NAIROBI, Oct. 9 (Xinhua) -- Uganda bucked the regional trend in East Africa to record growths in private sector lending in all segments other than the transport and the building and construction segments over the past two years, said an industry report released in Nairobi on Tuesday.
The report by ICEA Lion Asset Management showed that households and the trade industry accounted for over 40 percent of total private sector lending in East Africa since September 2016, while manufacturing accounted for 10 to 15 percent.
There are also the sectors that tend to have the largest share of small and medium enterprises.
Despite being one of the major recipients of private sector credit, the manufacturing sector has continued to record slow growth in terms of economic output, indicating that this crucial sector faces unique constraints that need to be addressed, the report said.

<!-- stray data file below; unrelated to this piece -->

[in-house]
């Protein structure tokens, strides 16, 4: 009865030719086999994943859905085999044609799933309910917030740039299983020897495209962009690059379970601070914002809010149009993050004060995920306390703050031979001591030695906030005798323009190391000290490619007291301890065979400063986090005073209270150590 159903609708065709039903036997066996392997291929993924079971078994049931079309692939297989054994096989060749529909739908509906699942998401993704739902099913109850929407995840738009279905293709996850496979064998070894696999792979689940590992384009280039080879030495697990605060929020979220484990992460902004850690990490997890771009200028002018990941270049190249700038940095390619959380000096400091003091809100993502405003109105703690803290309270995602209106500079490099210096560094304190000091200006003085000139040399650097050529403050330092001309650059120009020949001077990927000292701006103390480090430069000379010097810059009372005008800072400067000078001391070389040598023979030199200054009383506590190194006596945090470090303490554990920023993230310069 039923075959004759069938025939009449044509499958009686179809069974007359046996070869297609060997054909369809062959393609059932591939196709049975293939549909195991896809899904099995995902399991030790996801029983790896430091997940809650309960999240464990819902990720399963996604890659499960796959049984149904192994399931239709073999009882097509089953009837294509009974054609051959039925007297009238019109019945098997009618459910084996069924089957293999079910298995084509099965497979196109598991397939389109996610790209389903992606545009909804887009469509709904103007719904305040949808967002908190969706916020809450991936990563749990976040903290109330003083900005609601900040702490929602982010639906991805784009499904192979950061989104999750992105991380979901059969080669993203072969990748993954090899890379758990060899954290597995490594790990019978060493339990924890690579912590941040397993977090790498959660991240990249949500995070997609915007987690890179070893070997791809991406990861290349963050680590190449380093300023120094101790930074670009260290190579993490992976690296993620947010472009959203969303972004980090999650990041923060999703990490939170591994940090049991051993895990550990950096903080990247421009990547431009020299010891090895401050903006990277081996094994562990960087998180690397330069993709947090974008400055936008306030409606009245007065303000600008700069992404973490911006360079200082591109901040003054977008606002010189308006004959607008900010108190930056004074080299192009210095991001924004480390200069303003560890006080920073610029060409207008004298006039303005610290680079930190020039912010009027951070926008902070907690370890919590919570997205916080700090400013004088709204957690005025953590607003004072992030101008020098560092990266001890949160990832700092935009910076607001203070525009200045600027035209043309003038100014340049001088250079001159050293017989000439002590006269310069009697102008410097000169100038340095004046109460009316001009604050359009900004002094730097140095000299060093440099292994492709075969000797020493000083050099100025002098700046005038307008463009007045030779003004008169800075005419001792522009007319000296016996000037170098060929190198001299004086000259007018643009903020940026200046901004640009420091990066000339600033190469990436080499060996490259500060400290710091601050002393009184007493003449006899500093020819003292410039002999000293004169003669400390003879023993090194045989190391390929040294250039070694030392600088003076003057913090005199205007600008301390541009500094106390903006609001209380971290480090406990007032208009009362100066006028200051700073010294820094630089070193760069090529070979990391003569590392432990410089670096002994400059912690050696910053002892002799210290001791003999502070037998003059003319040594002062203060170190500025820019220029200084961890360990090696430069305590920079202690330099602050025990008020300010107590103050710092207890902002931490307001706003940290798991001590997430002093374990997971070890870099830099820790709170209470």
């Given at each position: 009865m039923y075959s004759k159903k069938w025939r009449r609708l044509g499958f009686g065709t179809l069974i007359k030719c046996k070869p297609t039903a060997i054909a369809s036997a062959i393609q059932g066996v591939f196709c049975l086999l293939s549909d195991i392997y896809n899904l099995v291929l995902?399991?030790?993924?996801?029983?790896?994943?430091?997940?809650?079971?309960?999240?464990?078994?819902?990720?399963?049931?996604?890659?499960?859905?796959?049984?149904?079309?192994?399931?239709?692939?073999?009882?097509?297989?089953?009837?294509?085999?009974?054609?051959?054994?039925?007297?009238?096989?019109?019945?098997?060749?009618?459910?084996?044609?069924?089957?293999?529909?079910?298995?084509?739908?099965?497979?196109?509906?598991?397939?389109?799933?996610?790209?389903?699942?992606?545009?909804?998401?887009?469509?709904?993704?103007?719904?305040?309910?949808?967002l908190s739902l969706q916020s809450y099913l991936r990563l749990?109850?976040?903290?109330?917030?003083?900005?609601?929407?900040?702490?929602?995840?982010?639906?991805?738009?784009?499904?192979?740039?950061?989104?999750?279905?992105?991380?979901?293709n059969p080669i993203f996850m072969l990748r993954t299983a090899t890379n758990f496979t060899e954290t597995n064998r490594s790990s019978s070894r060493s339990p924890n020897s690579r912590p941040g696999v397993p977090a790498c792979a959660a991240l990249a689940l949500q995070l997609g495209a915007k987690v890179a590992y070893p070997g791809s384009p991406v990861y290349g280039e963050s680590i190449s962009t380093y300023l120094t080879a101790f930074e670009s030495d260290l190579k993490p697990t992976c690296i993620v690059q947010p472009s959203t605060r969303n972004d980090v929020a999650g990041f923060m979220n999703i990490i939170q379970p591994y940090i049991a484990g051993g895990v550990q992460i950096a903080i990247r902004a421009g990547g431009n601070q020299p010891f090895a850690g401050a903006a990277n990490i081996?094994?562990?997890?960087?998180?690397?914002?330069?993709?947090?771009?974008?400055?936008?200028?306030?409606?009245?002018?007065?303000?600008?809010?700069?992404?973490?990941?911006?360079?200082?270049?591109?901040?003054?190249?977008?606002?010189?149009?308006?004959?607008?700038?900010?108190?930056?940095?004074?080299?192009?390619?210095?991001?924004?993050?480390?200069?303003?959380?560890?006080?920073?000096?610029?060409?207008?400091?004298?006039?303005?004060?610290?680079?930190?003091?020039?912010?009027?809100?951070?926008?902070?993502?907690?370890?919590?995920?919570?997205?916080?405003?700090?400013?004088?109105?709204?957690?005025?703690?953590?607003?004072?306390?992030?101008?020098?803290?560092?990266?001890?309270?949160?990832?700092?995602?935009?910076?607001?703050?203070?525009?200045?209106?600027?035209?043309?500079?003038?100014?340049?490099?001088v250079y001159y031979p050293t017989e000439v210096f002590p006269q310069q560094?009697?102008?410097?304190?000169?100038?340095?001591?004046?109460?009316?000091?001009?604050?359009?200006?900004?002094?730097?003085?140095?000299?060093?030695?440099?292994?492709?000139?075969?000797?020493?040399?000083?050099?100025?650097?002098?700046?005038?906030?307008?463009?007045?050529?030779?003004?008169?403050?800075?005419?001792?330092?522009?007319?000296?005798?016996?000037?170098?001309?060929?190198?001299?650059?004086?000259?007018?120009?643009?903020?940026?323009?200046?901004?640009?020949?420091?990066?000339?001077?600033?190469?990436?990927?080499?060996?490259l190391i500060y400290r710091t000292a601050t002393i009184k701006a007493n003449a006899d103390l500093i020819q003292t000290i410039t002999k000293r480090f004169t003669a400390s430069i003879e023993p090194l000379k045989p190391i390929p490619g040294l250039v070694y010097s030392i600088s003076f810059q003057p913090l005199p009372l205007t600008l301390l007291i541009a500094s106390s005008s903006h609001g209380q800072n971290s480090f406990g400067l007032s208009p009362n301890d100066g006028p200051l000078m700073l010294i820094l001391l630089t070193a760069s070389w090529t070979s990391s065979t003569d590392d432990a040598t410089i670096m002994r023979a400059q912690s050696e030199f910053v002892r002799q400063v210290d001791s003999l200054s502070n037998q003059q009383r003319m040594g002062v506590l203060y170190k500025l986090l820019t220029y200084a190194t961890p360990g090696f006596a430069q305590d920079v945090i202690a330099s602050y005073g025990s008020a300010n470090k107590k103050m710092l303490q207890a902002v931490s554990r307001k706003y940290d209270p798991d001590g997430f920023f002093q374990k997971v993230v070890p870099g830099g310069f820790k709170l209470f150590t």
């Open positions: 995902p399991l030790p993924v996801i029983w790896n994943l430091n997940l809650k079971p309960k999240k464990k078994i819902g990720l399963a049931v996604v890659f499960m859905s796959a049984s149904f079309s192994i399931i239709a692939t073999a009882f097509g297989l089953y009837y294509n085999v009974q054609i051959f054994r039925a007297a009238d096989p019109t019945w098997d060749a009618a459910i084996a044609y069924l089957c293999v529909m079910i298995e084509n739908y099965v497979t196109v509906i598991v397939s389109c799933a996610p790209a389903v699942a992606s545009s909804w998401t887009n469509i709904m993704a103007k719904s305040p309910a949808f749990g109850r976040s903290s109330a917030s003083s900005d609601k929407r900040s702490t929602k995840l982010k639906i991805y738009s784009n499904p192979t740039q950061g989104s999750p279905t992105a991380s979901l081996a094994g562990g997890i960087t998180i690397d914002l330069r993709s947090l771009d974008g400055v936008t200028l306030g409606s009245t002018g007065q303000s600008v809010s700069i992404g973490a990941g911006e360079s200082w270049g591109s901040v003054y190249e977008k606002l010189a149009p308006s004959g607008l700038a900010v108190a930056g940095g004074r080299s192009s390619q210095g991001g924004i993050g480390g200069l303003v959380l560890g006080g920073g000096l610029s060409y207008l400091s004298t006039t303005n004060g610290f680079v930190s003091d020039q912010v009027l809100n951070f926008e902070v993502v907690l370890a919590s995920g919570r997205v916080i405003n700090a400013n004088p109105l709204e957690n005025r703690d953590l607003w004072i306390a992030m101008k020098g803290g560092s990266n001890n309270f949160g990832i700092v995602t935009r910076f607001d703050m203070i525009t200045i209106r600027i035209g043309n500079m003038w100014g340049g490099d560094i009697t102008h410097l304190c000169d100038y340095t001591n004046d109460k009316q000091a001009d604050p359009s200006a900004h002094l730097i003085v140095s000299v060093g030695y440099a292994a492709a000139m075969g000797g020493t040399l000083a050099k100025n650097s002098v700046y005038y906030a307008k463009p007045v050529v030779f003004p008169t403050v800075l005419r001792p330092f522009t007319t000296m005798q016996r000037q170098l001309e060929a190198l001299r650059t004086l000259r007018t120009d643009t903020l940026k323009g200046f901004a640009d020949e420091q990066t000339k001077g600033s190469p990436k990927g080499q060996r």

It said that Uganda stands out in terms of private credit growth especially in the agriculture and real estate segments.
The real estate sector accounted for 13 percent of the total private sector credit in Kenya, noticeably higher than that in Uganda and Tanzania.
Agriculture, the main economic activity in the region, received between 5 and 7 percent of private sector lending in Kenya and Tanzania over the last two years, while the number was above 10 percent in Uganda.
Uganda had a larger share of private credit for the building and construction segment, at 16 percent, compared with the less than 5 percent in Kenya and Tanzania, the report said.
The study also showed that not all sectors have felt the credit crunch equally since Kenya introduced an interest rate cap in September 2016.
According to the report, credit flows to the trade and manufacturing sectors have remained fairly constant at between 400 million and 500 million U.S. dollars in the 20 months before and after the rate cap.
In contrast, credit flows to the real estate and private households have halved since the introduction of the rate cap, while the transport and communications sector has seen a 350 million dollar decline in private sector credit flows since September 2016, it said.